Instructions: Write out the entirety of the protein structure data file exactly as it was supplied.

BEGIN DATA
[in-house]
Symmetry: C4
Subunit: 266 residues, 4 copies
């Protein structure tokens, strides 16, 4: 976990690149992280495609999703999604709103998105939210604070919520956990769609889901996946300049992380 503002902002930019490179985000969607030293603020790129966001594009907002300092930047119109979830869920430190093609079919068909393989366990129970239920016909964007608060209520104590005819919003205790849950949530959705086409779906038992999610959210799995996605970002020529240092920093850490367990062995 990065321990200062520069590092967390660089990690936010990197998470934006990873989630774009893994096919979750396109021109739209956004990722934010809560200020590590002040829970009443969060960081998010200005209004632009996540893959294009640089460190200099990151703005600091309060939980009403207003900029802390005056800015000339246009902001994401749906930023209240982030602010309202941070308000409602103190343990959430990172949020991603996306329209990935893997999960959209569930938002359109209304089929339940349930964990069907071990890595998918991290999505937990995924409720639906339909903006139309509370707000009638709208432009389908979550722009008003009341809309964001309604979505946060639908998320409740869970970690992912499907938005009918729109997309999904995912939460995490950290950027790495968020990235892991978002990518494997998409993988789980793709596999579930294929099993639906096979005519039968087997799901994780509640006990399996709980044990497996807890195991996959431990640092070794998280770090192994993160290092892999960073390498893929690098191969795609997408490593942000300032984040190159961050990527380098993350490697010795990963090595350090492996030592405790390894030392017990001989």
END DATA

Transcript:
[in-house]
Symmetry: C4
Subunit: 266 residues, 4 copies
């Protein structure tokens, strides 16, 4: 976990690149992280495609999703999604709103998105939210604070919520956990769609889901996946300049992380 503002902002930019490179985000969607030293603020790129966001594009907002300092930047119109979830869920430190093609079919068909393989366990129970239920016909964007608060209520104590005819919003205790849950949530959705086409779906038992999610959210799995996605970002020529240092920093850490367990062995 990065321990200062520069590092967390660089990690936010990197998470934006990873989630774009893994096919979750396109021109739209956004990722934010809560200020590590002040829970009443969060960081998010200005209004632009996540893959294009640089460190200099990151703005600091309060939980009403207003900029802390005056800015000339246009902001994401749906930023209240982030602010309202941070308000409602103190343990959430990172949020991603996306329209990935893997999960959209569930938002359109209304089929339940349930964990069907071990890595998918991290999505937990995924409720639906339909903006139309509370707000009638709208432009389908979550722009008003009341809309964001309604979505946060639908998320409740869970970690992912499907938005009918729109997309999904995912939460995490950290950027790495968020990235892991978002990518494997998409993988789980793709596999579930294929099993639906096979005519039968087997799901994780509640006990399996709980044990497996807890195991996959431990640092070794998280770090192994993160290092892999960073390498893929690098191969795609997408490593942000300032984040190159961050990527380098993350490697010795990963090595350090492996030592405790390894030392017990001989």